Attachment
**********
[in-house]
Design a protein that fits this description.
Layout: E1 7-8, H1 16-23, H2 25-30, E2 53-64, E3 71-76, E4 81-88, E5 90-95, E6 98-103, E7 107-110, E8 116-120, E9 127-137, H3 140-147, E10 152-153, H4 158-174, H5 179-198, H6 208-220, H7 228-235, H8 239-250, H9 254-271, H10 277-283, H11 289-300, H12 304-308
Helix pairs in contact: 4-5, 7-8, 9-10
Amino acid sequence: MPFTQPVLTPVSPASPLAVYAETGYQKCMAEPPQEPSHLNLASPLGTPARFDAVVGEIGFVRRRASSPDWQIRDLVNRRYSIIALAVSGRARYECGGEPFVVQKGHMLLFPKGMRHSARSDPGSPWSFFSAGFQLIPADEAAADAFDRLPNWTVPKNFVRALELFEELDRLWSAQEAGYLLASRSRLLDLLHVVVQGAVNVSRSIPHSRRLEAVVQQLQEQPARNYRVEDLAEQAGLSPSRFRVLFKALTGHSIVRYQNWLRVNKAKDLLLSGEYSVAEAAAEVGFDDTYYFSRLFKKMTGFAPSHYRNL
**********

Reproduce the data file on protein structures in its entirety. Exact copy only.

[in-house]
Design a protein that fits this description.
Layout: E1 7-8, H1 16-23, H2 25-30, E2 53-64, E3 71-76, E4 81-88, E5 90-95, E6 98-103, E7 107-110, E8 116-120, E9 127-137, H3 140-147, E10 152-153, H4 158-174, H5 179-198, H6 208-220, H7 228-235, H8 239-250, H9 254-271, H10 277-283, H11 289-300, H12 304-308
Helix pairs in contact: 4-5, 7-8, 9-10
Amino acid sequence: MPFTQPVLTPVSPASPLAVYAETGYQKCMAEPPQEPSHLNLASPLGTPARFDAVVGEIGFVRRRASSPDWQIRDLVNRRYSIIALAVSGRARYECGGEPFVVQKGHMLLFPKGMRHSARSDPGSPWSFFSAGFQLIPADEAAADAFDRLPNWTVPKNFVRALELFEELDRLWSAQEAGYLLASRSRLLDLLHVVVQGAVNVSRSIPHSRRLEAVVQQLQEQPARNYRVEDLAEQAGLSPSRFRVLFKALTGHSIVRYQNWLRVNKAKDLLLSGEYSVAEAAAEVGFDDTYYFSRLFKKMTGFAPSHYRNL